Suggested reading: Vegan Food Guide for Kuala Lumpur

The artist behind the wall art is owner’s friend and Bangkok’s well-known artist – Jew (real name is Worapot). The hostel interiors were designed by the owners based on what they feel is comfortable as per their personal experience of years of traveling and backpacking. It took them 10 months of design and renovation before they officially opened for business in November 2015.

If you’re planning on traveling to Kuala Lumpur, I highly recommend Paper Plane hostel. The location is perfect because it’s a comfortable walk from the LRT station and Chinatown, yet it’s away from the noise of the busy main street.   The amenities here will give you the comfort of an expensive hotel with the price and environment of a hostel. I can’t wait to go back to Kuala Lumpur so that I can spend a few days in Paper Plane Hostel again.

Paper Plane Hostel in Kuala Lumpur was the best hostel experience of my life! What was yours?

Paper Plane Hostel, Kuala Lumpur details

Read reviews on TripAdvisor or Compare prices on Hotelscombined.com

Location: Near Pudu Sentral Bus Station in Kuala Lumpur

Price range: $17 for a bunk bed and $40 for a private room.

Book Now (deals): Agoda.com or Booking.com

Click HERE to book Paper Plane Hostel, Kuala Lumpur.

Disclaimer: Our stay in Paper Plane Hostel was complimentary but the opinions expressed in this article are honest and straight from our hearts. A big thanks to the staff of Paper Plane hostel for giving us a WOW experience.

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Things to do in Melaka, Malaysia

A hippie travel writer with flowers in her hair, Sonal Kwatra Paladini should have been born in the 1960s! Bitten by the infamous travel bug, she has an itch to explore resort-free destinations, offbeat islands and small villages. Join her and her husband (Sandro) on their journey as they hop from one music festival to another and explore the beautiful world that they are in love with! Follow them on Facebook, Instagram and Twitter.

Sonal Kwatra Paladini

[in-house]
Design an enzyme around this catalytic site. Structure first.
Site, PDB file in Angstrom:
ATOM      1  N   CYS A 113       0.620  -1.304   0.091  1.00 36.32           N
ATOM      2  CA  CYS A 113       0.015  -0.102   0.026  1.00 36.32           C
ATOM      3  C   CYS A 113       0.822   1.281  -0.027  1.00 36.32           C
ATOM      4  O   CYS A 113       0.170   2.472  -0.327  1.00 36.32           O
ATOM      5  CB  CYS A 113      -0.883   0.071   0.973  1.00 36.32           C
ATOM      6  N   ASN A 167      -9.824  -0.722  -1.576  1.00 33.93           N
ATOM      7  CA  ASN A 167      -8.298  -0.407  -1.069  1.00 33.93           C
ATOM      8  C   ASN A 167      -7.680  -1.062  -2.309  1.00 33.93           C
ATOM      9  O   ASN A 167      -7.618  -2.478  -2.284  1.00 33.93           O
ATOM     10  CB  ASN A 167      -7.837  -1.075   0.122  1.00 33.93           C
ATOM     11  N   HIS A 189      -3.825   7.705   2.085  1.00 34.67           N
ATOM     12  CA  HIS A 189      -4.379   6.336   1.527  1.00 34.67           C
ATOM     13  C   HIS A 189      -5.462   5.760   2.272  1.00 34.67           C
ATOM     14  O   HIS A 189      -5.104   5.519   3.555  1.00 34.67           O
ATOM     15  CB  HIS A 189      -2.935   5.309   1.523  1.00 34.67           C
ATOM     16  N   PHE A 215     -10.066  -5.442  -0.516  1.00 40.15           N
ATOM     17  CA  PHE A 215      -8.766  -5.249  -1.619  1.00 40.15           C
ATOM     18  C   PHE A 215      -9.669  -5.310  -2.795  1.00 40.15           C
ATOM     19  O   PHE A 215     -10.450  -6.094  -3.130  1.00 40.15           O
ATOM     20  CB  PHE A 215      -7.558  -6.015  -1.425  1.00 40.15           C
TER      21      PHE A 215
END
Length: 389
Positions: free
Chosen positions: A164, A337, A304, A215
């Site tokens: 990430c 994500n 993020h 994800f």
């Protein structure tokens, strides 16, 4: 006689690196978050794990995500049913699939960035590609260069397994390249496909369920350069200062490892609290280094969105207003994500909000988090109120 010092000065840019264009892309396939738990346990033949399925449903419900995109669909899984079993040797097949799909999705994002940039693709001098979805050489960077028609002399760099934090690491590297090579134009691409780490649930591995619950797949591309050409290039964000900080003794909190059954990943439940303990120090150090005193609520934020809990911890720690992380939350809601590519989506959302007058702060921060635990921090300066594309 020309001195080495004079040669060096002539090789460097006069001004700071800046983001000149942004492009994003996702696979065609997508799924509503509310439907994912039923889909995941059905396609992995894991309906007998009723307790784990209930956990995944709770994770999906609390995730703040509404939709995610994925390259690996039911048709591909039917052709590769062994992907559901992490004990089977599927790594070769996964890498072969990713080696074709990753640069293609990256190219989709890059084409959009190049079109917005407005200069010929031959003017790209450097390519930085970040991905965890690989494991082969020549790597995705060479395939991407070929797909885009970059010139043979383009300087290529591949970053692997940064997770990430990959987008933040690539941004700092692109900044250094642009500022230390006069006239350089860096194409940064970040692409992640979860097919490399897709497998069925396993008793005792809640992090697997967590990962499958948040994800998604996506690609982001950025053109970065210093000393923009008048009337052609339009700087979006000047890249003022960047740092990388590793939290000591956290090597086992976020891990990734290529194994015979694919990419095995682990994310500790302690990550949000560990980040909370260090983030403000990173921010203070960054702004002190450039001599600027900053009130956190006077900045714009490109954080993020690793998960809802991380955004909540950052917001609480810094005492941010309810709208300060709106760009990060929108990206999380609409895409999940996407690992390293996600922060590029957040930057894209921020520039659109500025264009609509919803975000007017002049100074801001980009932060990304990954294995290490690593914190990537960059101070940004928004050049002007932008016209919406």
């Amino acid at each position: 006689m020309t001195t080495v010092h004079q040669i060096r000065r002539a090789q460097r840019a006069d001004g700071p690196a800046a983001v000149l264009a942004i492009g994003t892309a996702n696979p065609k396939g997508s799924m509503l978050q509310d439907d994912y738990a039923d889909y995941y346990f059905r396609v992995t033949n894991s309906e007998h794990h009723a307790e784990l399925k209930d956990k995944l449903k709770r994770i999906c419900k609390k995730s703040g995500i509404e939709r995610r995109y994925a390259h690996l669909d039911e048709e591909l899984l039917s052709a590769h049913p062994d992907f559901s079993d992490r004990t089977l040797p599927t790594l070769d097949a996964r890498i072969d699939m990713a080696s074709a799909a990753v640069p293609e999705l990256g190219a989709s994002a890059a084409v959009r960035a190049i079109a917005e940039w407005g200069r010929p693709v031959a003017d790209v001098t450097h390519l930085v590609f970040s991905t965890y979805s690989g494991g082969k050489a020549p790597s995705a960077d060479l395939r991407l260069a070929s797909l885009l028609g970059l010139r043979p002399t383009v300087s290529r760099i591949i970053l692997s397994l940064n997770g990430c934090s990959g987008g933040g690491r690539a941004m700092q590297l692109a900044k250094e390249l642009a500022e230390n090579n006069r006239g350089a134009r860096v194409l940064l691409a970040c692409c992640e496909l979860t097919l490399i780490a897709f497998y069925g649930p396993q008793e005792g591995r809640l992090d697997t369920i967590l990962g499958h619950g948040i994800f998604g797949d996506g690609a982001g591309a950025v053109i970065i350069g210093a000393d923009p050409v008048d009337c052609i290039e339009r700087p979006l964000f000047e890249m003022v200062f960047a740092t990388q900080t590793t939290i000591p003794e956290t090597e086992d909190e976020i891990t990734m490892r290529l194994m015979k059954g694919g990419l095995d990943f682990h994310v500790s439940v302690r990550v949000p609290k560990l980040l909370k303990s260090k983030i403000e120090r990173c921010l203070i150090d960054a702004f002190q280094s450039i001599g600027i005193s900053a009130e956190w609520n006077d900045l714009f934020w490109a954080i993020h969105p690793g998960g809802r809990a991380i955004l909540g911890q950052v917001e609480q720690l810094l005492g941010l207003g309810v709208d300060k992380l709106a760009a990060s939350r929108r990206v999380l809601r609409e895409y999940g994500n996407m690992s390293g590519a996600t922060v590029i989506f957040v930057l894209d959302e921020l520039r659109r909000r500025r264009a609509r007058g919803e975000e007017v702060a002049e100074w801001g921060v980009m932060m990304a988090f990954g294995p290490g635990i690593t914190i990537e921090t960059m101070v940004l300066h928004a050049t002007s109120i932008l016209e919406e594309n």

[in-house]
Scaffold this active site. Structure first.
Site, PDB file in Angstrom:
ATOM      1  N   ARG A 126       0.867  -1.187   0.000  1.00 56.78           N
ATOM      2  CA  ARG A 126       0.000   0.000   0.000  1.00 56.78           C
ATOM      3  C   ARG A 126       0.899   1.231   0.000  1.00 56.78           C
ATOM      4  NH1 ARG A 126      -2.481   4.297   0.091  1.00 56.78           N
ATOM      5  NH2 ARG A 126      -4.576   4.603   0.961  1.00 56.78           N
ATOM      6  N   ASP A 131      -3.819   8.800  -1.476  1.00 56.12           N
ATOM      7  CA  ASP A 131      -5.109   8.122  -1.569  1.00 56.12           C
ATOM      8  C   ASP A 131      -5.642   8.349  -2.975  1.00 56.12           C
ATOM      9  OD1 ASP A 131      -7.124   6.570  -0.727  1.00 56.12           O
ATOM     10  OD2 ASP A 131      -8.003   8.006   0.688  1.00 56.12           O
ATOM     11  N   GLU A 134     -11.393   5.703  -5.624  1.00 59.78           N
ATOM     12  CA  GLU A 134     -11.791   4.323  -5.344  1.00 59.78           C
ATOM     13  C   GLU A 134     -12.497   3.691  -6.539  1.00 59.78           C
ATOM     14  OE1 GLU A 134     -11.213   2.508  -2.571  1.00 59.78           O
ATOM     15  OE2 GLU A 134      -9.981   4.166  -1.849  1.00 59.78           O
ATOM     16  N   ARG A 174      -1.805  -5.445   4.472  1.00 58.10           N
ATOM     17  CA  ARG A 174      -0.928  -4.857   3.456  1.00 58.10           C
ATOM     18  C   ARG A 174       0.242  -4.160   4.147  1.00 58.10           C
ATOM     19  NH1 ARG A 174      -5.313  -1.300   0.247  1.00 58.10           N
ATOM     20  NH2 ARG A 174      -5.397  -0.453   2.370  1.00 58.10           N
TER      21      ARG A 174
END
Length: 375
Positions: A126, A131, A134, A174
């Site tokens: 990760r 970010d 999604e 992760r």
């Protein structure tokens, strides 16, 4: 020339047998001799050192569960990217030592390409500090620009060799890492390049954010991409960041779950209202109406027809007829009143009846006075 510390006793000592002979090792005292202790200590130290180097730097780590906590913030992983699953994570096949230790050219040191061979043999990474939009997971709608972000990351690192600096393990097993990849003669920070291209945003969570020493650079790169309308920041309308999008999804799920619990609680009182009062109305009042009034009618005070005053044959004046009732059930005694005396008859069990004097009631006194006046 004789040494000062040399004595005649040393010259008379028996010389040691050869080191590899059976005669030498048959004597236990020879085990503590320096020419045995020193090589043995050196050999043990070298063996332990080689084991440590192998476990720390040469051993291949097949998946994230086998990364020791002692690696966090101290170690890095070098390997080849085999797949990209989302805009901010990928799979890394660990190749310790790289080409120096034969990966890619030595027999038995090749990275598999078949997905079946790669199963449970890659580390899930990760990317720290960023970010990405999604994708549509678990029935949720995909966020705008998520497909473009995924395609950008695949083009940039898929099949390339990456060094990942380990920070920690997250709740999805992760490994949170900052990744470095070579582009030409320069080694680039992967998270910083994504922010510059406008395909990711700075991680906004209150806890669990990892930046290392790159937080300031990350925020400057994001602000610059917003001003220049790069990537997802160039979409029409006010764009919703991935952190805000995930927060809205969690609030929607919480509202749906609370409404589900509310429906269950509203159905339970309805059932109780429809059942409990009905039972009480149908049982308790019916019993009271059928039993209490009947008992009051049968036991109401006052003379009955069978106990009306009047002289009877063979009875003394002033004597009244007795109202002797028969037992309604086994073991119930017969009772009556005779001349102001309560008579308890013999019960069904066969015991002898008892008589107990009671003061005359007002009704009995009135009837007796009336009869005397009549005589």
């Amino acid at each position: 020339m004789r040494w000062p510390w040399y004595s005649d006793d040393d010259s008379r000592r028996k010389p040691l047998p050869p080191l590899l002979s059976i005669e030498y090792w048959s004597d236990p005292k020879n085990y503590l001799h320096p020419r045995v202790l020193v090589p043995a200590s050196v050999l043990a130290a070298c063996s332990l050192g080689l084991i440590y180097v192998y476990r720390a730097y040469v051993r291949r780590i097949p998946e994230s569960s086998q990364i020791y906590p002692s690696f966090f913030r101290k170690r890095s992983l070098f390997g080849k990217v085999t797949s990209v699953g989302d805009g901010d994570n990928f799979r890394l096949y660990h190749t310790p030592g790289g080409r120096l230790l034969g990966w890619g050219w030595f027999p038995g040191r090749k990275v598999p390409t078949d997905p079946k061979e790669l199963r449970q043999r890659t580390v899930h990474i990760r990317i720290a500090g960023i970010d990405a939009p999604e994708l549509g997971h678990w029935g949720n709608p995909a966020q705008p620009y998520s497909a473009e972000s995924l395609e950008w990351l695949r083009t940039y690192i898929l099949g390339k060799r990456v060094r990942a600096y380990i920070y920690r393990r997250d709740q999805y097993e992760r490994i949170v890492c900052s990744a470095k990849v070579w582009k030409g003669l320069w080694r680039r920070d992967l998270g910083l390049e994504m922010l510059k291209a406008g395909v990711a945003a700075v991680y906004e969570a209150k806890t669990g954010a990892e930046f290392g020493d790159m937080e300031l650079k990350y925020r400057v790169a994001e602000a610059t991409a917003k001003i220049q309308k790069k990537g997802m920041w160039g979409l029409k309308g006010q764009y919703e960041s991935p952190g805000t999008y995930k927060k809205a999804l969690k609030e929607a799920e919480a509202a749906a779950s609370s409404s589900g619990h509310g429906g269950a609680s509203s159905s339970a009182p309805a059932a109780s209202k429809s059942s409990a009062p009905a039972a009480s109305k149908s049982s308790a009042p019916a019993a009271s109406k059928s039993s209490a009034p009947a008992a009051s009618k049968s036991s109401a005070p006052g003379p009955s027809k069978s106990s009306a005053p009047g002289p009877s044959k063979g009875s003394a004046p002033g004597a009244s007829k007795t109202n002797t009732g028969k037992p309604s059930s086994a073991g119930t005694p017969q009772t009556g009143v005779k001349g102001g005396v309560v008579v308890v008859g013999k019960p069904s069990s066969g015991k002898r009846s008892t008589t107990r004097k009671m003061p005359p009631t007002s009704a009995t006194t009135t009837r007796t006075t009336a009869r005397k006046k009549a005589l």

8 Things to do in Melaka, Malaysia – the Amsterdam of Asia

8 Things to do in Melaka, Malaysia – the Amsterdam of Asia

Things to do in Melaka – the Amsterdam of Asia

Am I still in Asia?

I thought to myself as I walked around the streets of Melaka.

Everything around me looked very European – the architecture, street art, cute little cafes and wait… did I just see a windmill on the road?

Melaka (or Malacca) is a beautifully preserved heritage city in Malaysia. With its colorful cafes, graffiti, random windmills on the streets – it looks more European and is unlike any other Asian city that I have seen. Seriously, with a river that runs across the city which can be mistaken as a canal, this Malaysian city made me feel like I was back in Amsterdam. Minus the dope.

Beautiful Melecca at Night - Things to do in Melaka

Beautiful Melecca at Night – Things to do in Melaka

Melaka is ONLY a two-hour drive from Kuala Lumpur, so many people visit it on a day trip but in my opinion, the city deserves at least a full day and night. The entire Melaka city center is a UNESCO World Heritage Site

How to Reach Melaka

Bus: Buses from Kuala Lumpur to Melaka run every hour from Kuala Lumpur airport (KLIA2) or Kuala Lumpur Sentral. The cost of a direct bus from KLIA2 to Melaka is 24 Ringgits per person. The cost of a ticket from Kuala Lumpur Sentral to Melaka is around 10-15 Ringgits. Do keep in mind that a bus ticket costs 11 Ringgits from the airport (KLIA2) to Kuala Lumpur Sentral, so opt for a direct bus if you are starting your journey from the airport. The bus journey takes around 2 hours.

The bus will leave you at Melaka Sentral, from where you can catch bus 17 to the main city which costs 1-2 Ringgits per person. This bus stops at all the main areas such as Dutch Square, Mahkota Parade, and Ramada Plaza. If you don’t have a Malaysian SIM card, download an offline map of Melaka on your phone for walking directions from the bus stop to your hotel.